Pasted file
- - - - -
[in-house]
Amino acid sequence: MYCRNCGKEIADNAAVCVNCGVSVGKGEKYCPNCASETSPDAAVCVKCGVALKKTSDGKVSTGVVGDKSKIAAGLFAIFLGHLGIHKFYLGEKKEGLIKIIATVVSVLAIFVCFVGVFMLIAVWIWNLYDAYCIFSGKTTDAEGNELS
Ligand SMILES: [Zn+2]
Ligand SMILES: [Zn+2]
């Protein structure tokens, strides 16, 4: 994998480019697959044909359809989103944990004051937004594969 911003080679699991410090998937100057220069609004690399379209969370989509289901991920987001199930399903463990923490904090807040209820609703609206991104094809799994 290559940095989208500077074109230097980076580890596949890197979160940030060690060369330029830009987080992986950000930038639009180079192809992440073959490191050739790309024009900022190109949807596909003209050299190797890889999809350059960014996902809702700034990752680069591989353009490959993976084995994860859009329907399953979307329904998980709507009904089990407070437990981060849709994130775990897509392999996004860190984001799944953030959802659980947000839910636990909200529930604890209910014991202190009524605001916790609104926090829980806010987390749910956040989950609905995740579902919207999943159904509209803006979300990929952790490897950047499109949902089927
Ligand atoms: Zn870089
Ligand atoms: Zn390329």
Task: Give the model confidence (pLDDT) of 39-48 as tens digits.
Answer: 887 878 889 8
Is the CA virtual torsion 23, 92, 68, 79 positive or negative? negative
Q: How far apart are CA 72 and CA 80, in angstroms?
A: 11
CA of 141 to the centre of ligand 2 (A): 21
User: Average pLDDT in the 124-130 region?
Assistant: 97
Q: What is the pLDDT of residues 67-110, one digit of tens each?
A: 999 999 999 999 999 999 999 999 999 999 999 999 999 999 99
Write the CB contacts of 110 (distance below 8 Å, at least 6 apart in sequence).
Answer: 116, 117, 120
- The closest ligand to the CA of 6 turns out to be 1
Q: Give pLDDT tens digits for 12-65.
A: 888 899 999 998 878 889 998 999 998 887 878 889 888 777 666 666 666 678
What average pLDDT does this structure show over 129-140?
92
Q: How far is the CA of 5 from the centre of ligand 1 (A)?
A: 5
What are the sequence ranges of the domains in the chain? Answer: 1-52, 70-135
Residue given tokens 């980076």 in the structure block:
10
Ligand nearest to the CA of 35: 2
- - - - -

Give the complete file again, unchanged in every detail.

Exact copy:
[in-house]
Amino acid sequence: MYCRNCGKEIADNAAVCVNCGVSVGKGEKYCPNCASETSPDAAVCVKCGVALKKTSDGKVSTGVVGDKSKIAAGLFAIFLGHLGIHKFYLGEKKEGLIKIIATVVSVLAIFVCFVGVFMLIAVWIWNLYDAYCIFSGKTTDAEGNELS
Ligand SMILES: [Zn+2]
Ligand SMILES: [Zn+2]
């Protein structure tokens, strides 16, 4: 994998480019697959044909359809989103944990004051937004594969 911003080679699991410090998937100057220069609004690399379209969370989509289901991920987001199930399903463990923490904090807040209820609703609206991104094809799994 290559940095989208500077074109230097980076580890596949890197979160940030060690060369330029830009987080992986950000930038639009180079192809992440073959490191050739790309024009900022190109949807596909003209050299190797890889999809350059960014996902809702700034990752680069591989353009490959993976084995994860859009329907399953979307329904998980709507009904089990407070437990981060849709994130775990897509392999996004860190984001799944953030959802659980947000839910636990909200529930604890209910014991202190009524605001916790609104926090829980806010987390749910956040989950609905995740579902919207999943159904509209803006979300990929952790490897950047499109949902089927
Ligand atoms: Zn870089
Ligand atoms: Zn390329």
Task: Give the model confidence (pLDDT) of 39-48 as tens digits.
Answer: 887 878 889 8
Is the CA virtual torsion 23, 92, 68, 79 positive or negative? negative
Q: How far apart are CA 72 and CA 80, in angstroms?
A: 11
CA of 141 to the centre of ligand 2 (A): 21
User: Average pLDDT in the 124-130 region?
Assistant: 97
Q: What is the pLDDT of residues 67-110, one digit of tens each?
A: 999 999 999 999 999 999 999 999 999 999 999 999 999 999 99
Write the CB contacts of 110 (distance below 8 Å, at least 6 apart in sequence).
Answer: 116, 117, 120
- The closest ligand to the CA of 6 turns out to be 1
Q: Give pLDDT tens digits for 12-65.
A: 888 899 999 998 878 889 998 999 998 887 878 889 888 777 666 666 666 678
What average pLDDT does this structure show over 129-140?
92
Q: How far is the CA of 5 from the centre of ligand 1 (A)?
A: 5
What are the sequence ranges of the domains in the chain? Answer: 1-52, 70-135
Residue given tokens 């980076």 in the structure block:
10
Ligand nearest to the CA of 35: 2